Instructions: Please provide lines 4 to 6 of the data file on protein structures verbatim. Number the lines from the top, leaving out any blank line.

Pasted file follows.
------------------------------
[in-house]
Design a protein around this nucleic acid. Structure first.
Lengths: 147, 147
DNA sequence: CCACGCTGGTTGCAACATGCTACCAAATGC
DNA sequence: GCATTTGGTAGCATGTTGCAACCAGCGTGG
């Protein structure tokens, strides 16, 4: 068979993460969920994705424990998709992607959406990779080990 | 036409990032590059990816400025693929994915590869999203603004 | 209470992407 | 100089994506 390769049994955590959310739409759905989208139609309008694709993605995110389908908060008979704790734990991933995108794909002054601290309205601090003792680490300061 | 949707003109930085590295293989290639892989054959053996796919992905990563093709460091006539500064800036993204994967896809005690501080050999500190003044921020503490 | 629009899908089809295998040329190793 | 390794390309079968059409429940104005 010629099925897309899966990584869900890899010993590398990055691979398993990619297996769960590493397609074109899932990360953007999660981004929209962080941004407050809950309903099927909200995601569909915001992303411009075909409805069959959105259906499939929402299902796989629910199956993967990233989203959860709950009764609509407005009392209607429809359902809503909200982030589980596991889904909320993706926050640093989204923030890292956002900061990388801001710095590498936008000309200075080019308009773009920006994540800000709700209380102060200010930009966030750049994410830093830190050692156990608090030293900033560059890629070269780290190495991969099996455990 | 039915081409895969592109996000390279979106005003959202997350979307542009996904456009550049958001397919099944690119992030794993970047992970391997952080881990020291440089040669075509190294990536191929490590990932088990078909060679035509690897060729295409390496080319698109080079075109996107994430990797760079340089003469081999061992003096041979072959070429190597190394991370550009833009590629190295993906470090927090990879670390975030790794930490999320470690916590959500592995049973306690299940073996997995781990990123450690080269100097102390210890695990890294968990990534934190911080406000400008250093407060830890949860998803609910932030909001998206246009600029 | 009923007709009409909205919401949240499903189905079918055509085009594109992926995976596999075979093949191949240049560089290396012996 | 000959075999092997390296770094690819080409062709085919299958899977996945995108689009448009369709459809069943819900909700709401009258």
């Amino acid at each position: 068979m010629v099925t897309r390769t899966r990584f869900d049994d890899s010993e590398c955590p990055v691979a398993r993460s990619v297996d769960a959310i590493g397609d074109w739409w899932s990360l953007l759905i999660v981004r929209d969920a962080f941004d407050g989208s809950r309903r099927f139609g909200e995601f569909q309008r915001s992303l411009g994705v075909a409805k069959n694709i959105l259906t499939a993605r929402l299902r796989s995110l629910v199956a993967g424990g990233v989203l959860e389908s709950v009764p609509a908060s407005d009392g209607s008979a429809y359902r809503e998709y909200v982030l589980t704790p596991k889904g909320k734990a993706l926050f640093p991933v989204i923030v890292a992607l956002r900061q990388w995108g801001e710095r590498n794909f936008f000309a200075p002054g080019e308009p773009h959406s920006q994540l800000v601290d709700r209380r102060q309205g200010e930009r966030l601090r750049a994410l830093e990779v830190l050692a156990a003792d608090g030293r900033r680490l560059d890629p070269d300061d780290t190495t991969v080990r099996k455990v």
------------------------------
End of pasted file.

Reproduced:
DNA sequence: CCACGCTGGTTGCAACATGCTACCAAATGC
DNA sequence: GCATTTGGTAGCATGTTGCAACCAGCGTGG
């Protein structure tokens, strides 16, 4: 068979993460969920994705424990998709992607959406990779080990 | 036409990032590059990816400025693929994915590869999203603004 | 209470992407 | 100089994506 390769049994955590959310739409759905989208139609309008694709993605995110389908908060008979704790734990991933995108794909002054601290309205601090003792680490300061 | 949707003109930085590295293989290639892989054959053996796919992905990563093709460091006539500064800036993204994967896809005690501080050999500190003044921020503490 | 629009899908089809295998040329190793 | 390794390309079968059409429940104005 010629099925897309899966990584869900890899010993590398990055691979398993990619297996769960590493397609074109899932990360953007999660981004929209962080941004407050809950309903099927909200995601569909915001992303411009075909409805069959959105259906499939929402299902796989629910199956993967990233989203959860709950009764609509407005009392209607429809359902809503909200982030589980596991889904909320993706926050640093989204923030890292956002900061990388801001710095590498936008000309200075080019308009773009920006994540800000709700209380102060200010930009966030750049994410830093830190050692156990608090030293900033560059890629070269780290190495991969099996455990 | 039915081409895969592109996000390279979106005003959202997350979307542009996904456009550049958001397919099944690119992030794993970047992970391997952080881990020291440089040669075509190294990536191929490590990932088990078909060679035509690897060729295409390496080319698109080079075109996107994430990797760079340089003469081999061992003096041979072959070429190597190394991370550009833009590629190295993906470090927090990879670390975030790794930490999320470690916590959500592995049973306690299940073996997995781990990123450690080269100097102390210890695990890294968990990534934190911080406000400008250093407060830890949860998803609910932030909001998206246009600029 | 009923007709009409909205919401949240499903189905079918055509085009594109992926995976596999075979093949191949240049560089290396012996 | 000959075999092997390296770094690819080409062709085919299958899977996945995108689009448009369709459809069943819900909700709401009258």